Ace of Cups' Debut Album Comes 51 Years After Summer of Love

Ace of Cups.  (Jamie Soja)

In the late '60s, an all-woman rock band called Ace of Cups took the San Francisco psychedelic scene by storm. They opened for Jimi Hendrix and Jefferson Airplane; counted the Grateful Dead among their fans; and regularly performed at protests and benefits for the anti-Vietnam War movement. Unfortunately, Ace of Cups were never signed to a record label, and disbanded in 1972—in part due to a lack of support for women in the music industry.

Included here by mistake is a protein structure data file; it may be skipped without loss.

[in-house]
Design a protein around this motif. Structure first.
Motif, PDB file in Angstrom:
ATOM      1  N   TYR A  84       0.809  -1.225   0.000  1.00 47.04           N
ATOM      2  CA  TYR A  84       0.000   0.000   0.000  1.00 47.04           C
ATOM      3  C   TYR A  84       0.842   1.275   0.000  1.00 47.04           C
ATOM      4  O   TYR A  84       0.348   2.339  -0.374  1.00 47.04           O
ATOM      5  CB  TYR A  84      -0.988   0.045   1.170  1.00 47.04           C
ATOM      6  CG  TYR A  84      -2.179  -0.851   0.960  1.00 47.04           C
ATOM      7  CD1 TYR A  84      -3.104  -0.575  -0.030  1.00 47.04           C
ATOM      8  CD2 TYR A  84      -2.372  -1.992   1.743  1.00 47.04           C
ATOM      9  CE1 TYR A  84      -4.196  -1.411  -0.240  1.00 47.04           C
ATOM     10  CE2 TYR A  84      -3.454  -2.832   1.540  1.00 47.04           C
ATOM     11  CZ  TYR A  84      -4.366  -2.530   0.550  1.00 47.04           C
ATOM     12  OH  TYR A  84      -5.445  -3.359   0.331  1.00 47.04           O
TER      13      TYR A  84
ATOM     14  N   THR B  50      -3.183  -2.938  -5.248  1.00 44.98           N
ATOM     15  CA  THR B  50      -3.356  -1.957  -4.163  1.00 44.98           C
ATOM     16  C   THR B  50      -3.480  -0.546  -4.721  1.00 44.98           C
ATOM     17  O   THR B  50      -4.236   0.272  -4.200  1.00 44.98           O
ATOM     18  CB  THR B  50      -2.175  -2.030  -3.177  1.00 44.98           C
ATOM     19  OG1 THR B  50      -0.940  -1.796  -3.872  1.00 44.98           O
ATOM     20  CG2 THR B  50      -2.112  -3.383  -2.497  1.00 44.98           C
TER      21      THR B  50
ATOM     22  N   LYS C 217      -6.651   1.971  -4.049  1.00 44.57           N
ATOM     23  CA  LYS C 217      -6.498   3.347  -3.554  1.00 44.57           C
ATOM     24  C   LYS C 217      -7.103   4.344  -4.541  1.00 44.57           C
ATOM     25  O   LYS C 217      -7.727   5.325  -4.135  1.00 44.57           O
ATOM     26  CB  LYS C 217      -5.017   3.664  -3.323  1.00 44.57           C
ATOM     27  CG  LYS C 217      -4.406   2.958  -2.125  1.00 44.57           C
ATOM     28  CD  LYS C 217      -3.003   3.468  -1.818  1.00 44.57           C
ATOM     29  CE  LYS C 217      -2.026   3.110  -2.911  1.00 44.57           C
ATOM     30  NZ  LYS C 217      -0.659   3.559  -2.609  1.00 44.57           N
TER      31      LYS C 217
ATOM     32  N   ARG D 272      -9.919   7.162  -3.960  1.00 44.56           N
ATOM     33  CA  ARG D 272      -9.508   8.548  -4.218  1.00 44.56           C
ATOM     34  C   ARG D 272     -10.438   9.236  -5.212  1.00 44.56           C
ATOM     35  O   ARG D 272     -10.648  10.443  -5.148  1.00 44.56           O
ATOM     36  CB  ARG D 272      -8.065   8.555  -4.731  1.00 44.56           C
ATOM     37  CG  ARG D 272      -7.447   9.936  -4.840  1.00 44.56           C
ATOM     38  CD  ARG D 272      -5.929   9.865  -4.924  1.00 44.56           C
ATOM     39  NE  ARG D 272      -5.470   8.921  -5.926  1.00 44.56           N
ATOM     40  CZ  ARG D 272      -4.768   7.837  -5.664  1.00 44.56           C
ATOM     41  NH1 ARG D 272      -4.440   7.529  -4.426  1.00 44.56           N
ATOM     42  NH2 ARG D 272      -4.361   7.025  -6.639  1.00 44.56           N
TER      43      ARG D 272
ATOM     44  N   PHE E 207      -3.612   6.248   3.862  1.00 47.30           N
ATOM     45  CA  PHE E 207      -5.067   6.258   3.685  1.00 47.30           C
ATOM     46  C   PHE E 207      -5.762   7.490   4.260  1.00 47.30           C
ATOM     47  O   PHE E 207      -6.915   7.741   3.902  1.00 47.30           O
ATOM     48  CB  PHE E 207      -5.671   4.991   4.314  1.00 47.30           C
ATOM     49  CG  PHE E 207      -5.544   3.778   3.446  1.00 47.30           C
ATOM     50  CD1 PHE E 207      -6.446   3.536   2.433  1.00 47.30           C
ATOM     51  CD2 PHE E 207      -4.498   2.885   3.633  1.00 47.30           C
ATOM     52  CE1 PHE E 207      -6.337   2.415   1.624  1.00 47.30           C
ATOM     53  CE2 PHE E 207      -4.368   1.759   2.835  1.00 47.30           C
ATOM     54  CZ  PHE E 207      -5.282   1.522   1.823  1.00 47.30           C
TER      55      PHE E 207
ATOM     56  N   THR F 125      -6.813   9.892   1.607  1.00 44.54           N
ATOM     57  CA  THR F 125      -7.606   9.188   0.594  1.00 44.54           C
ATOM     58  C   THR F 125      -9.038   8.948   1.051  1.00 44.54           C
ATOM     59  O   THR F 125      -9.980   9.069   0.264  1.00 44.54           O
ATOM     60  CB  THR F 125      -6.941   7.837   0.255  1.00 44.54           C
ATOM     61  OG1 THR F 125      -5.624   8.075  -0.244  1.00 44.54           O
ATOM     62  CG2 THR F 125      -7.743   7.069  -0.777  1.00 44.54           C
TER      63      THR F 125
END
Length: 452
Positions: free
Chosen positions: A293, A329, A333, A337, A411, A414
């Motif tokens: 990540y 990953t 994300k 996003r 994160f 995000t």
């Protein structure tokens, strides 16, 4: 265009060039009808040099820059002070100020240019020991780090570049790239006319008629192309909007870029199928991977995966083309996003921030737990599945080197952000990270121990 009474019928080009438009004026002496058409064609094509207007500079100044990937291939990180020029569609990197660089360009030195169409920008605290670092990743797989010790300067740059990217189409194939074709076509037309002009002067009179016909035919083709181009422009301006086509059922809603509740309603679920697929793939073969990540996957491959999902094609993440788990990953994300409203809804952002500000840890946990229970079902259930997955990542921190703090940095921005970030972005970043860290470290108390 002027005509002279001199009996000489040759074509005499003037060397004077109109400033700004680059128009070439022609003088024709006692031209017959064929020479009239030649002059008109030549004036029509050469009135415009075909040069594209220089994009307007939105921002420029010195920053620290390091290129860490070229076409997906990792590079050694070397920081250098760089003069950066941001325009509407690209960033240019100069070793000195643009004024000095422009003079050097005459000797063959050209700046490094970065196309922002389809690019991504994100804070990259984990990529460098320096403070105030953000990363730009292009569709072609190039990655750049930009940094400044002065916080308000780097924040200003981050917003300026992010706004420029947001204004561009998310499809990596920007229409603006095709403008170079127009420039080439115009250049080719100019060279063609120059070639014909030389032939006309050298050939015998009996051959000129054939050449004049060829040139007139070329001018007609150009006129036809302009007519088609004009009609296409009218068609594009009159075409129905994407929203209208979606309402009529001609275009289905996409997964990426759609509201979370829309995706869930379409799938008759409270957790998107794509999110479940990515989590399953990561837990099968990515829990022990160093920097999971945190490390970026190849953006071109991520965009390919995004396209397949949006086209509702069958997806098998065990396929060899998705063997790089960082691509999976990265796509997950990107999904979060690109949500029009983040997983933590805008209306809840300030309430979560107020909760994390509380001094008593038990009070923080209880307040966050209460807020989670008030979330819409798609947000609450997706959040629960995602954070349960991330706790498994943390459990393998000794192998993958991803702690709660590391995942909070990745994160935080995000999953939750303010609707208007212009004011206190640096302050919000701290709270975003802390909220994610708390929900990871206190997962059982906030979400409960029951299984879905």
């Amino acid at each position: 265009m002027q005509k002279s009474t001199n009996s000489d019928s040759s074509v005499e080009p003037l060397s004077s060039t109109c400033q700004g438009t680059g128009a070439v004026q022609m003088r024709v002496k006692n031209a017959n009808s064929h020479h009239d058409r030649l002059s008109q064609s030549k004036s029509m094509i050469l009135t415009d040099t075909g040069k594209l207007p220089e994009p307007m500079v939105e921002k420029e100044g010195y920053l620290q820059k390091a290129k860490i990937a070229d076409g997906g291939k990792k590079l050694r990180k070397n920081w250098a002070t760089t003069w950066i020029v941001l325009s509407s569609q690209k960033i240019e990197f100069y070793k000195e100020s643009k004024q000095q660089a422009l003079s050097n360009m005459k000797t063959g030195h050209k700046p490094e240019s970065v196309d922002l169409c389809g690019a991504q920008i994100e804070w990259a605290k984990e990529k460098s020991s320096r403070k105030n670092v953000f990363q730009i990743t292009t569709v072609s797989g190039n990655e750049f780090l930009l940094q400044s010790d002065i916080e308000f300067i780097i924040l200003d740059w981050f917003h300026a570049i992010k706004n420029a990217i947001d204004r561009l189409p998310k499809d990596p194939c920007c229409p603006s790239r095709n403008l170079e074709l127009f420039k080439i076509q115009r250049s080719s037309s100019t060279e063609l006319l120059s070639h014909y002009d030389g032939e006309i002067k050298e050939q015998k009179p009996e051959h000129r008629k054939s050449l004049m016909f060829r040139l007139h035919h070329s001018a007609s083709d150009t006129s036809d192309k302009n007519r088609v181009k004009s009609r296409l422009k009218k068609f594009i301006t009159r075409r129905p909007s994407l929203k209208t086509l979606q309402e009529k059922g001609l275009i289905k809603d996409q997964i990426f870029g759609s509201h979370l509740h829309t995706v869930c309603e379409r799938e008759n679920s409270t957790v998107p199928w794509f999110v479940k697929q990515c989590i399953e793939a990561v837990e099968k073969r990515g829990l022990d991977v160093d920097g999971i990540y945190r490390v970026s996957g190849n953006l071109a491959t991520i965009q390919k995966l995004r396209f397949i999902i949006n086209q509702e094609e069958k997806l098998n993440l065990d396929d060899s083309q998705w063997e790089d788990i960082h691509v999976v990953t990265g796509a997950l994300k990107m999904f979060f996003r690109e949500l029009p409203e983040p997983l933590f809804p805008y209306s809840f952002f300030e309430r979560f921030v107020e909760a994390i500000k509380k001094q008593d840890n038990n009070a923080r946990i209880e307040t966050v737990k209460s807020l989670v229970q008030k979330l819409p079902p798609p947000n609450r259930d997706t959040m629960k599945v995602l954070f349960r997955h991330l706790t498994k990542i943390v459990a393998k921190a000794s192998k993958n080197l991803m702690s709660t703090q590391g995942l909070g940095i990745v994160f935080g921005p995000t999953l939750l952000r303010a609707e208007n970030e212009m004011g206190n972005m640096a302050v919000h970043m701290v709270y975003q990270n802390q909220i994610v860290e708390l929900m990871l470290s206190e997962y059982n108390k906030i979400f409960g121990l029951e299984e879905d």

"When we split up it was a lot related to the fact that we were having children," guitarist Denise Kaufman told KQED last year. "Our brother bands, they were having children too, but they had wives and girlfriends."

Fortunately, Ace of Cups have enjoyed an unexpected comeback. After George Wallace of High Moon Records reached out to them for archival material, the band members decided to get back together. In 2017, KQED Arts filmed the band as they began recording their long-overdue debut album, Ace of Cups, out on High Moon on Nov. 9. Ace of Cups celebrates with a live performance at Amoeba Music in San Francisco on Nov. 15. Details here.

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